Engineering Transactions, 9, 1, pp. 5-18, 1961

Numeryczne Modelowanie Procesów Fizycznych

J.R.M. Radok
Politechnic Institute of Brooklin
United States

Many physical processes are most conventiently described by partial differential equations relating the rates of change of the dependent variables to their space distributions. Occasionally, these relationships may also involve integrals over the past histories of these variables. The solutions of problems, governed by such equations, become particular by the enforcement of given initial and boundary conditions the number of which depends on the equations themselves. Prior to the advent of high speed computers, and, as a consequence, of almost infinite numbers of arithmetic operations, a specific problem was considered to have been solved exactly, if its solution had been expressed in terms of special functions which preferably had to be tabulated. As the domain of applied mathematics expanded and practical problems became more involved, their numerical aspect-received more attention, but all the time the status of numerical work was sub-sidiary to that of analysis. The numerical analyst had very little influence on the formulation of the problems requiring solution, he simply thought in terms of difference equations and systems of linear algebraic equations the number of which he had to limit in order to stay within the humanly realistic range of arithmetic operations.
So far, the modern computer seems to have caused less change in this situation than these considerations would lead one to expect. In particular, the numerical methods for solving problems have changed little from the special function days. Thus, there arise the following basic questions:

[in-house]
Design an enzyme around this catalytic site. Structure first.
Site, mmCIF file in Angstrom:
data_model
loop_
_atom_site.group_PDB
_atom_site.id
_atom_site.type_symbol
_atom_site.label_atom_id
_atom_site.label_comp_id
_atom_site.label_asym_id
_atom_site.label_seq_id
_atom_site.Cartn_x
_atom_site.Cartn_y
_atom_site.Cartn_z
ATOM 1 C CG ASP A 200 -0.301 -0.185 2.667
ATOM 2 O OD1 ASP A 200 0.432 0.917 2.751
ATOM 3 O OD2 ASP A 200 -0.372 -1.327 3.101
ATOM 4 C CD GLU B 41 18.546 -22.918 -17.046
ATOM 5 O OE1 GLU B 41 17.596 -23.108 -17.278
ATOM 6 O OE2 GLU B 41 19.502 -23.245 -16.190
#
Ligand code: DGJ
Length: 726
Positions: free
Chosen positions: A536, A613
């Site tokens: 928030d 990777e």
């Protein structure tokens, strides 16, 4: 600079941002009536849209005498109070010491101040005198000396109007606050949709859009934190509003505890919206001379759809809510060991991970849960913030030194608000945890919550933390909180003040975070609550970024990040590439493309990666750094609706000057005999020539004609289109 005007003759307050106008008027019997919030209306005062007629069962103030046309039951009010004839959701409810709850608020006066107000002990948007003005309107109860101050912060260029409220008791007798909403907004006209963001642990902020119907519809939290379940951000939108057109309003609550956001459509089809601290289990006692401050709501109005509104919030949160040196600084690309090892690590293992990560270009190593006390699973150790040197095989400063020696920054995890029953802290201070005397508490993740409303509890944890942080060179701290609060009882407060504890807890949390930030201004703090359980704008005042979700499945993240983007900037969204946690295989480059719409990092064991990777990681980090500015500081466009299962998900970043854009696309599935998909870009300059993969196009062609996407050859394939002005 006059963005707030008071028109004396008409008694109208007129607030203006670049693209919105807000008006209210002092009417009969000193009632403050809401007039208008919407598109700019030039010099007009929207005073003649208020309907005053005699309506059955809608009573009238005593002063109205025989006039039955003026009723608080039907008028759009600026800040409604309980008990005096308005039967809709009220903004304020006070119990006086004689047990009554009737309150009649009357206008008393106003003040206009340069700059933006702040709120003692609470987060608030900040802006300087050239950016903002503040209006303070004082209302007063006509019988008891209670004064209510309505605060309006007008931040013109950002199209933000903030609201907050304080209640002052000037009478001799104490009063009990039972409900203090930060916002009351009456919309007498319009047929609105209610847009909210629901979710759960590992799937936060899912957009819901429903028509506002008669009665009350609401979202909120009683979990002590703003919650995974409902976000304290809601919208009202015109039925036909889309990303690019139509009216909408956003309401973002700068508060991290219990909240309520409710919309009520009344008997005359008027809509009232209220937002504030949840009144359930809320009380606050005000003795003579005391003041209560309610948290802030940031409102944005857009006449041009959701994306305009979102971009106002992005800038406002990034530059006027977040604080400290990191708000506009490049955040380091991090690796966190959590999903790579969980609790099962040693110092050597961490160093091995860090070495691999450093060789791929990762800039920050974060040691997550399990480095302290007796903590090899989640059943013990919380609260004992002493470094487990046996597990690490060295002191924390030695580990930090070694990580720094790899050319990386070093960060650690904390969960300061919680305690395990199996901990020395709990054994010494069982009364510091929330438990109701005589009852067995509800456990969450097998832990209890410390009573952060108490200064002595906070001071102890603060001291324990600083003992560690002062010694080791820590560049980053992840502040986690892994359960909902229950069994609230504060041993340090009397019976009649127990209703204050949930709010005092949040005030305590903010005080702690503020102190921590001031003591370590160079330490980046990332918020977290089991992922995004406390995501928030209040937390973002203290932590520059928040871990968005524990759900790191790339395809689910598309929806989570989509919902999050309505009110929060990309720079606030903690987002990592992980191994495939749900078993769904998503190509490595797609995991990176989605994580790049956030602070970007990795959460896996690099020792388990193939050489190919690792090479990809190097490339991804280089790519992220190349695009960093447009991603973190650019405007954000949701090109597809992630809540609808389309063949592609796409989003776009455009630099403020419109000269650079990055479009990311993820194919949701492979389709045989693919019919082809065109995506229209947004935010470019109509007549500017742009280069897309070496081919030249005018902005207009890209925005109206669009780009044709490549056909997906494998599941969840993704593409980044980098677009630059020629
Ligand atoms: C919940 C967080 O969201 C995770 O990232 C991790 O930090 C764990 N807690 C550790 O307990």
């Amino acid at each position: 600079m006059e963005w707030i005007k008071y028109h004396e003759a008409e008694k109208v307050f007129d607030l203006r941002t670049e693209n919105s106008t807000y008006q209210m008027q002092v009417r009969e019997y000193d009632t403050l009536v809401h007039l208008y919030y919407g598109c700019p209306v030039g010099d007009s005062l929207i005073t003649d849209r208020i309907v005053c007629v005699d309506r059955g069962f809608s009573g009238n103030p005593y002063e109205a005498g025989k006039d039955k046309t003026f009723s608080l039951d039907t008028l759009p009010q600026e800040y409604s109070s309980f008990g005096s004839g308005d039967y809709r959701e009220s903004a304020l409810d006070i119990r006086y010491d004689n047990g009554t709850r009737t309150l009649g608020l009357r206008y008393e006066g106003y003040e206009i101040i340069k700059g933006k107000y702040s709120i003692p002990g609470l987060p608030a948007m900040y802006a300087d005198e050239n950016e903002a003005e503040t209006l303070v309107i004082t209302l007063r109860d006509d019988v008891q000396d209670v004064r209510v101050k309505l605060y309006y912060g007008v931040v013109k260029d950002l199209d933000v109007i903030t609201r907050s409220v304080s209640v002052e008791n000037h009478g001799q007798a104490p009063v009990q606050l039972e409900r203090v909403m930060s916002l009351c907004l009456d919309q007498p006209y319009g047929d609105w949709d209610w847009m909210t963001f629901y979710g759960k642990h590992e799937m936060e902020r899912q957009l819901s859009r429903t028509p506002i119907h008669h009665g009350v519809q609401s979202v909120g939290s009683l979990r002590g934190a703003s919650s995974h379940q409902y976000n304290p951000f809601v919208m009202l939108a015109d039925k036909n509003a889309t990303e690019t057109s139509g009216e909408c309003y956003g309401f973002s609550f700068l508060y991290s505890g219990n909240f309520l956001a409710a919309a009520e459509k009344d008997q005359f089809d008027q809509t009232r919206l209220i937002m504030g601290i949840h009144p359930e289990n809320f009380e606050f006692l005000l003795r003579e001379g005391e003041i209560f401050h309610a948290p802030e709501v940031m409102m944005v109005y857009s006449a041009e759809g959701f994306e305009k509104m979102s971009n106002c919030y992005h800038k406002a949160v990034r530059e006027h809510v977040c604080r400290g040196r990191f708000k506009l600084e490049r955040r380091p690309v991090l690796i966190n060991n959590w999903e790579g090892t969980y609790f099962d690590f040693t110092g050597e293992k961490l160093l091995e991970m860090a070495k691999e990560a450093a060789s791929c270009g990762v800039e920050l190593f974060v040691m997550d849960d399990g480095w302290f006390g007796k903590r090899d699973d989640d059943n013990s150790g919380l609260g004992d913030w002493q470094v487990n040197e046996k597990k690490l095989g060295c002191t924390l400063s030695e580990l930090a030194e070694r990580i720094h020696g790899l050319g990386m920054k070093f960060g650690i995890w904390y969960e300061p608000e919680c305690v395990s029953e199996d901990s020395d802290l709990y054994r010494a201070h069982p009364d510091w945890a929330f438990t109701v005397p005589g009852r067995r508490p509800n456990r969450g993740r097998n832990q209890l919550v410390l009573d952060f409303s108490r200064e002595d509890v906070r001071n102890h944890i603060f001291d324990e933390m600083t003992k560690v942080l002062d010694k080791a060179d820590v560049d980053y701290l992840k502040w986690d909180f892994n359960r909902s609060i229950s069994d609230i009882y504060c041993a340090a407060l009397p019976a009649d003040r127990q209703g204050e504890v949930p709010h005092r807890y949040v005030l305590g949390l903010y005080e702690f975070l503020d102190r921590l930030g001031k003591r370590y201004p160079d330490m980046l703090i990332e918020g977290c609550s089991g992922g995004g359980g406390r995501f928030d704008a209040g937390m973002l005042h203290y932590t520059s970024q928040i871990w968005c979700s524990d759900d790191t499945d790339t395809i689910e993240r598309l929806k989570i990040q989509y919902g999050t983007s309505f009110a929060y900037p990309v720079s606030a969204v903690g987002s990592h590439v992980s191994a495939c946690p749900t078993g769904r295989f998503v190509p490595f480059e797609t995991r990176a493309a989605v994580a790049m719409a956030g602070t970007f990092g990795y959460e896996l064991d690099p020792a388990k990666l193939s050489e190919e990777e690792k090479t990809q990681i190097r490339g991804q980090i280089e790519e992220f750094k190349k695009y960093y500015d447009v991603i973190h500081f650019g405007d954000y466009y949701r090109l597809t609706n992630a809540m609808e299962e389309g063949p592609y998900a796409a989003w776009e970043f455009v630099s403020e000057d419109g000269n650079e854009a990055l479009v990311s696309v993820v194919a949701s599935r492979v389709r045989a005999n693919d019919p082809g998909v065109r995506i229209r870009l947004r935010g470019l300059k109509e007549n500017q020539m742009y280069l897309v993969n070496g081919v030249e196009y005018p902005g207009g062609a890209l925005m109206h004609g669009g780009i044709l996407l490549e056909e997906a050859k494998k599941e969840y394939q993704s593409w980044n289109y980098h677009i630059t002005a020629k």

a) Are the methods designed for small numbers of arithmetic operations and maximum utilization of tabulated results suitable for the computers?
b) What criteria can be used for the development of numerical methods under the new conditions? These ideas are discussed in detail and certain aspects of the use of exponential functions as the base for asymptotic integration methods are discussed in the light of applications to problems of diffusion and beam theory. The selected approach stresses the numerical simulation aspect in order to demonstrate how physical insight and knowledge of the mathematical features of the sought solutions can be combined for the purpose of the design of numerical methods.

Full Text: PDF
Copyright © Polish Academy of Sciences & Institute of Fundamental Technological Research (IPPT PAN).


. J.R.M. RADOK and G.D. GALLETLY, On the Accuracy of Some Shell Solutions, ASME Paper No. 59-APM-30. Presented at the 22nd Applied Mechanics Division National Conference at Rensselaer Polytechnic Institute, Troy, N.Y., June 1959.

. L. HOPF, Einführung in die Differentialgleichungen der Physik, Sammlung Göschen, Vol. 1070.

. Robert D. RICHTMYER, Difference Methods for Initial Value Problems, Interscience Publishers Inc., N.Y., New York 1957.

. J.R.M. RADOK, Method of Functional Extrapolation for the Numerical Integration of Ordinary Differential Equations, J. Soc. Ind. Appl. Math., December 1959.

. M. MUSKAT, Physical Principles of Oul Production, McGraw-Hill Book Co., New York 1949.

. R. COURANT, K.O. FRIEDRICHS and H. LEVY, Mathematische Annalen, 100, 32-74 1928; Über die Partiellen Differentialgleichungen der Mathematischen Physik.

. J. FRITZ, On Integration of Parabolic Equations by Difference Methods, Comm, Pure Appl, Math., Vol. 5, 1952, 155-211.